In the spring of 1850 Andrew and his brother David left the old home and three months later landed in Philadelphia . From May until August they worked on a farm at seven dollars a month and then went to Oil Creek, where they were accepted as employes in the White Oak Mills, where they worked at lumbering for two years. Their success brought two other brothers, Patrick and William, to join them, and all worked together at Wild Cat Mills for six years. There is no doubt that Andrew was the moving spirit which brought with him Patrick and William on a prospecting tour to the west in 1855. His business instinct suggested to him the purchasing of a tract of the fertile land which rolled miles and miles away over the prairie, and the three brothers together secured a section of land in Tama county, Iowa , Andrew entering one hundred and sixty acres in Geneseo township, at one dollar and twenty-five cents an acre. He then went back to the lumber regions but returned to his property in the spring of 1858, broke his land and engaged George Slade, another pioneer, to assist in the building of what was the first frame house put up in the township. That fall found him back again in the Pennsylvania lumber regions. His return in the following year was with his wife, and they settled on his farm in Tama county, which remained their home for thirty-one years.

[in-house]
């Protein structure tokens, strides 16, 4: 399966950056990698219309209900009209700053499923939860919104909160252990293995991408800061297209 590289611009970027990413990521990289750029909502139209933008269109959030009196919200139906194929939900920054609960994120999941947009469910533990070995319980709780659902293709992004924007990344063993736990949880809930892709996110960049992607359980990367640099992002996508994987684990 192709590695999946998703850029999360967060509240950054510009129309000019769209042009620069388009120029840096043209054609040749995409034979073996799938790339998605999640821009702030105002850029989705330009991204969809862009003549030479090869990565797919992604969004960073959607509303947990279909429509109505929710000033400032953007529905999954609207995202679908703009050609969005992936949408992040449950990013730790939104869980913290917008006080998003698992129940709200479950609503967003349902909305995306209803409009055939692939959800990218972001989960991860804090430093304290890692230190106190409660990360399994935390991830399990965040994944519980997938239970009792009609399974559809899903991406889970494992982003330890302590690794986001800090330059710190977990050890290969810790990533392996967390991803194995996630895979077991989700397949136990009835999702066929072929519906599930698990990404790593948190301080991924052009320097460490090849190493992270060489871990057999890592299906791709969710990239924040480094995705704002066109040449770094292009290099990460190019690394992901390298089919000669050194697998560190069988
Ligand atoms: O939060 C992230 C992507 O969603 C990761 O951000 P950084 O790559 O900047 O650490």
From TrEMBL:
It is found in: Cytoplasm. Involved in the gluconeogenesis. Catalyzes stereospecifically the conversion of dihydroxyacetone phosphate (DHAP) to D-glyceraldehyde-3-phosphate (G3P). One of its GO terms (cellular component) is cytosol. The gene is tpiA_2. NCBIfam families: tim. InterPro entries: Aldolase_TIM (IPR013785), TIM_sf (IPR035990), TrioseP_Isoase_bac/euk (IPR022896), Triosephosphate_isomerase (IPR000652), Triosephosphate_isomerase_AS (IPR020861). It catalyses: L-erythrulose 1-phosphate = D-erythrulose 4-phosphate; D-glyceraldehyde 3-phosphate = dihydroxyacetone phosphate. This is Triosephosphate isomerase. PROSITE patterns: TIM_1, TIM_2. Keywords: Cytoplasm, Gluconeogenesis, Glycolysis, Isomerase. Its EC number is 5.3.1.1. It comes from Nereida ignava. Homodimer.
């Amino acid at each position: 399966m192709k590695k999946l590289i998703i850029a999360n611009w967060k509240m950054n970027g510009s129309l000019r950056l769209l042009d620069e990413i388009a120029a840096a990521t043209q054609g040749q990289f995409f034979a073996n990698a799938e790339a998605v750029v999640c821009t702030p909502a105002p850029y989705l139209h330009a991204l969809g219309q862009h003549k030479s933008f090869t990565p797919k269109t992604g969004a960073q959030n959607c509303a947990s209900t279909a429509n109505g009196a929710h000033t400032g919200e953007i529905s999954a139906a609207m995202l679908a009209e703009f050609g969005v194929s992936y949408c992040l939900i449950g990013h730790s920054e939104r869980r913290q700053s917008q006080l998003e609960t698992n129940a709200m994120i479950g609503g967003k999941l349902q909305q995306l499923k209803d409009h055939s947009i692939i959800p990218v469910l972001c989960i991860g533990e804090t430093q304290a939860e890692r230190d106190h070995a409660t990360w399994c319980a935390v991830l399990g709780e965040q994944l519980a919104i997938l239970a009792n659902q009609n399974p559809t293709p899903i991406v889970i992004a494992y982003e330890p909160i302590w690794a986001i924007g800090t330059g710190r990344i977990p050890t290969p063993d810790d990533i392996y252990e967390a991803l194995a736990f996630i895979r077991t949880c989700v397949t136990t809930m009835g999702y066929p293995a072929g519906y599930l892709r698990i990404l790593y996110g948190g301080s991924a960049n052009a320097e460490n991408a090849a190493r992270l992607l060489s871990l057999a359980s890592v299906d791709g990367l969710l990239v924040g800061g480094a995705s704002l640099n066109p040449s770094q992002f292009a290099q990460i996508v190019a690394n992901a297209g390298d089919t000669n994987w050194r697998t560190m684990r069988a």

A man so self-reliant, fearless and capable soon took his natural place among his fellow citizens, and during his residence in that part of the county Mr. McElhinney filled every local office. He served as postmaster, assessor, trustee and school director and declined other positions of greater responsibility, his personal affairs having commenced to weigh heavily upon his time. Having added to his holdings from time to time he became the owner of eight hundred and eighty acres of as fine land as could be found in Tama county and this he brought to a high state of cultivation and added to it many modern improvements.

With the desire to better educate his children and still keep them in the family circle he retired from the farm in 1890 and removed to Waterloo , where he purchased what was known as the Mabie home on the corner of Lime and High streets, but in July, 1890, he bought the Krapfel home at 427 East Fifth street , where he lived until his death and which is now owned and occupied by his youngest daughter Tressa.